Great Britain, which had claimed the [[Mosquito Coast]] as a [[protectorate]] since 1655, delegated the area to Honduras in 1859 before transferring it to Nicaragua in 1860. The Mosquito Coast remained an [[autonomous area]] until 1894. [[José Santos Zelaya]], President of Nicaragua from 1893 to 1909, negotiated the integration of the Mosquito Coast into Nicaragua. In his honor, the region became "[[Zelaya Department]]".
Throughout the late 19th-century, the United States and several European powers considered various schemes to link the Pacific Ocean to the Atlantic by building a [[Nicaragua Canal| canal across Nicaragua]].<ref>
{{cite book
|last= Colquhoun|first= AR|title= The key of the Pacific: the Nicaragua canal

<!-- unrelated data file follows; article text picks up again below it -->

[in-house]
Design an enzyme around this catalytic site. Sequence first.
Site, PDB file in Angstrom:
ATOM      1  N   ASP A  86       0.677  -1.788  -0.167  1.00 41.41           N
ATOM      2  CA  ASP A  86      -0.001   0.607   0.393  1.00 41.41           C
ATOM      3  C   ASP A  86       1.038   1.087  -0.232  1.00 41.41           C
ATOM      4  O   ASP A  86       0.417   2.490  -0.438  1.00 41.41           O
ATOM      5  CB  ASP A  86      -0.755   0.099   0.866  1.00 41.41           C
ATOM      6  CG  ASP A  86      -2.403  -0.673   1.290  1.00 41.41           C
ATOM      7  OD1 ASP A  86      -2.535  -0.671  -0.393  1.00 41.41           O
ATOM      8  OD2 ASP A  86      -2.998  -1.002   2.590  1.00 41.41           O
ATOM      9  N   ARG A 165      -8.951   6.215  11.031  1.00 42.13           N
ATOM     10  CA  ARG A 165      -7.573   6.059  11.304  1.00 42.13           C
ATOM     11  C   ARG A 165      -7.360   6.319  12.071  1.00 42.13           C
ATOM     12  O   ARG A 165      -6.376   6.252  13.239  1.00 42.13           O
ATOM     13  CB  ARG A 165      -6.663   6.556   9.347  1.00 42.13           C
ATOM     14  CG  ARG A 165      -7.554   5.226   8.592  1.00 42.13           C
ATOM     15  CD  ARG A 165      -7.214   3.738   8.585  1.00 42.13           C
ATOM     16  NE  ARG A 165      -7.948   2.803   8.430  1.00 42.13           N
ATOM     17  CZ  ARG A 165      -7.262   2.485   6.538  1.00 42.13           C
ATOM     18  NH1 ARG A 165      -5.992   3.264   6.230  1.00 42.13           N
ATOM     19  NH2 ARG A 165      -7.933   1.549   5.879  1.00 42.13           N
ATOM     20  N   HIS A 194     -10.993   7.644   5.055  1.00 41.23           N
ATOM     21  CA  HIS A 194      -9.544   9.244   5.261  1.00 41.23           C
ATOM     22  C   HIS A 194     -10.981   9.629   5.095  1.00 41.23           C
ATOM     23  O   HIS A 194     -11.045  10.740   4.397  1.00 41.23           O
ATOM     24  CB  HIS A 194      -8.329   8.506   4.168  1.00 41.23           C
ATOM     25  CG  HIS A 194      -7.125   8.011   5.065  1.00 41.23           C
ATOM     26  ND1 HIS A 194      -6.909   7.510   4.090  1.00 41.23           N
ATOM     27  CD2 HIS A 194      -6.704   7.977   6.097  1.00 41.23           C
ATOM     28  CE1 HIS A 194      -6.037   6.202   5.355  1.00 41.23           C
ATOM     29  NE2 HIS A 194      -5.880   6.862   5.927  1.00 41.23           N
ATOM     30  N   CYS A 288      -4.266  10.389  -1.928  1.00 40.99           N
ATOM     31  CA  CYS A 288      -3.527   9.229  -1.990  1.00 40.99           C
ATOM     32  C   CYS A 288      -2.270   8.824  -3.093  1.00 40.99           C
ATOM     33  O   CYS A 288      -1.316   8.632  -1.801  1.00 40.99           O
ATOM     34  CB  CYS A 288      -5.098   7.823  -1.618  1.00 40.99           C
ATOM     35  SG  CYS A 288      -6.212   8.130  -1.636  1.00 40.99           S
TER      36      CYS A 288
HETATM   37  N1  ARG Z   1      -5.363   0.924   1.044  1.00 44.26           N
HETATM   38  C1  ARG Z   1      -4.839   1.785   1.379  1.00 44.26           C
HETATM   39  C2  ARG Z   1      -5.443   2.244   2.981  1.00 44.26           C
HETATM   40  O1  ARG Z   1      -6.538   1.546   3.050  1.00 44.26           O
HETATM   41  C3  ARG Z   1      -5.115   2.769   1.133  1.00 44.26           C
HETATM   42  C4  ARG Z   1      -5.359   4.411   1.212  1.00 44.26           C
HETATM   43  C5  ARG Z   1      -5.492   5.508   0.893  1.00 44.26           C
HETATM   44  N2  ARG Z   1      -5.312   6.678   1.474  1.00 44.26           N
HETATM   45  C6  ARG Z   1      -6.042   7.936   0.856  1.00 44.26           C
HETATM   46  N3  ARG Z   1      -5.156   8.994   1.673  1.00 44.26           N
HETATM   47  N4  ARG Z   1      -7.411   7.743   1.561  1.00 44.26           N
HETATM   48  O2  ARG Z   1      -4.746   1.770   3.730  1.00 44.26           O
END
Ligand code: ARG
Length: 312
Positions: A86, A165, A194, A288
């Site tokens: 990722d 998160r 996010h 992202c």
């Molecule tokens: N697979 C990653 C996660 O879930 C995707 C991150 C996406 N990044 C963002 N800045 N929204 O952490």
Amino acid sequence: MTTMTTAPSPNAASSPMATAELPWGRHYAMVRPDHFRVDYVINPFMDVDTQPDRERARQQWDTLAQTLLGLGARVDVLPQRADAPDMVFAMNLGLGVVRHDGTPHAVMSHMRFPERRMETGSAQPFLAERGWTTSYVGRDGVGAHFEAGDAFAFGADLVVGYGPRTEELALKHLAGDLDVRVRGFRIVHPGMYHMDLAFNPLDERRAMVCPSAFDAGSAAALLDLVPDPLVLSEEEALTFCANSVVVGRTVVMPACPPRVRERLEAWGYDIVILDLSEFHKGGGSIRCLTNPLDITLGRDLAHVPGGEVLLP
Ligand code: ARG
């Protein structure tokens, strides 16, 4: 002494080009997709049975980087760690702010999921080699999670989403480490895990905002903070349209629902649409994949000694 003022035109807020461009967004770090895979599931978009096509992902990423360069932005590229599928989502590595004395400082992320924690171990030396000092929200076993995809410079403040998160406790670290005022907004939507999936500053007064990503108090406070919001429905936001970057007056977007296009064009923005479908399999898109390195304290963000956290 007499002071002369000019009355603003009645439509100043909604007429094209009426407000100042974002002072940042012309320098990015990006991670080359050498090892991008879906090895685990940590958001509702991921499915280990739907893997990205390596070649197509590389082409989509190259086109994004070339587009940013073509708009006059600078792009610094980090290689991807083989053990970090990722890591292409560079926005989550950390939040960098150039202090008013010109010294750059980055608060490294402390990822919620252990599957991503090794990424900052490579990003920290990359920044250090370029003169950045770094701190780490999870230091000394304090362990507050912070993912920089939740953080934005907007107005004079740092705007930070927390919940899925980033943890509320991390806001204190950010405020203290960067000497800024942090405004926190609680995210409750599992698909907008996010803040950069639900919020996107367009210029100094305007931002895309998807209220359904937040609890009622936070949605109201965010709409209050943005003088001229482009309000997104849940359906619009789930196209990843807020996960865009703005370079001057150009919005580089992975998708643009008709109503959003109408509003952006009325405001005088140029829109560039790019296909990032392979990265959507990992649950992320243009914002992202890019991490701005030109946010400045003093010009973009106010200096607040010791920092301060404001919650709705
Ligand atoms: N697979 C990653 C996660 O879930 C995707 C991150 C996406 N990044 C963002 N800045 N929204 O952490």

On the Pacific side of Nicaragua are the two largest fresh water lakes in Central America—[[Lake Managua]] and [[Lake Nicaragua]]. Surrounding these lakes and extending to their northwest along the [[rift valley]] of the [[Gulf of Fonseca]] are fertile lowland plains, with soil highly enriched by [[volcanic ash|ash]] from nearby [[volcano]]es of the central highlands. Nicaragua's abundance of biologically significant and unique [[ecosystem]]s contribute to [[Mesoamerica]]'s designation as a [[biodiversity hotspot]]. Nicaragua has made efforts to become less dependent on fossil fuels, and it expects to acquire 90% of its energy from renewable resources by the year 2020.<ref name="bbc">{{Cite news|title=Why isn't Nicaragua in the Paris agreement?|url=https://www.bbc.com/news/world-latin-america-40135819|newspaper=BBC News|access-date=October 27, 2017|date=June 3, 2017}}</ref><ref>{{cite web|title=Nicaragua: a renewable energy paradise in Central America|url=http://www.worldbank.org/en/news/feature/2013/10/25/energias-renovables-nicaragua|website=World Bank|access-date=October 27, 2017|language=en|date=October 25, 2013}}</ref> Nicaragua was one of the few countries that did not enter an [[Intended Nationally Determined Contributions|INDC]] at [[COP21]].<ref>{{cite web|url=https://www.bloomberg.com/news/articles/2015-12-08/after-two-decades-of-stumbles-carbon-market-pioneers-revving-up#media-2|title=Carbon Markets Are Making a Slow, But Steady, Comeback|first1=Alex |last1=Nussbaum|first2=Ewa |last2=Krukowska|first3=Mathew |last3=Carr|date=8 December 2015|work=Bloomberg.com|access-date=17 February 2016}}</ref><ref>{{cite web|url=http://www4.unfccc.int/submissions/indc/Submission%20Pages/submissions.aspx|title=INDCs as communicated by Parties|publisher=unfccc.int}}</ref> Nicaragua initially chose not to join the Paris Climate Accord because it felt that "much more action is required" by individual countries on restricting global temperature rise.<ref name="bbc" /> However, in October 2017, Nicaragua made the decision to join the agreement.<ref>{{cite news|title=Nicaragua to join Paris climate accord, leaving US and Syria isolated|url=https://www.theguardian.com/environment/2017/oct/23/nicaragua-joins-paris-climate-accord-us-trump-syria|access-date=December 4, 2017|work=The Guardian|date=October 23, 2017}}</ref><ref>{{cite news|last1=Stack|first1=Liam|title=Only U.S. and Syria Now Oppose Paris Climate Deal, as Nicaragua Joins|url=https://www.nytimes.com/2017/10/24/world/americas/nicaragua-paris-climate-agreement-us.html|access-date=December 4, 2017|work=The New York Times|date=October 24, 2017}}</ref><ref>{{cite news|last1=Noack|first1=Rick|title=Being outside the Paris climate deal: Something now only the U.S. and Syria agree on|url=https://www.washingtonpost.com/news/worldviews/wp/2017/10/24/not-being-part-of-the-paris-climate-deal-something-only-the-u-s-and-syria-agree-on/|access-date=December 4, 2017|work=[[The Washington Post]]|date=October 24, 2017}}</ref> It ratified this agreement on November 22, 2017.<ref>{{cite web|title=Paris Agreement – Status of Ratification|url=http://unfccc.int/paris_agreement/items/9444.php|publisher=United Nations|access-date=13 January 2018}}</ref>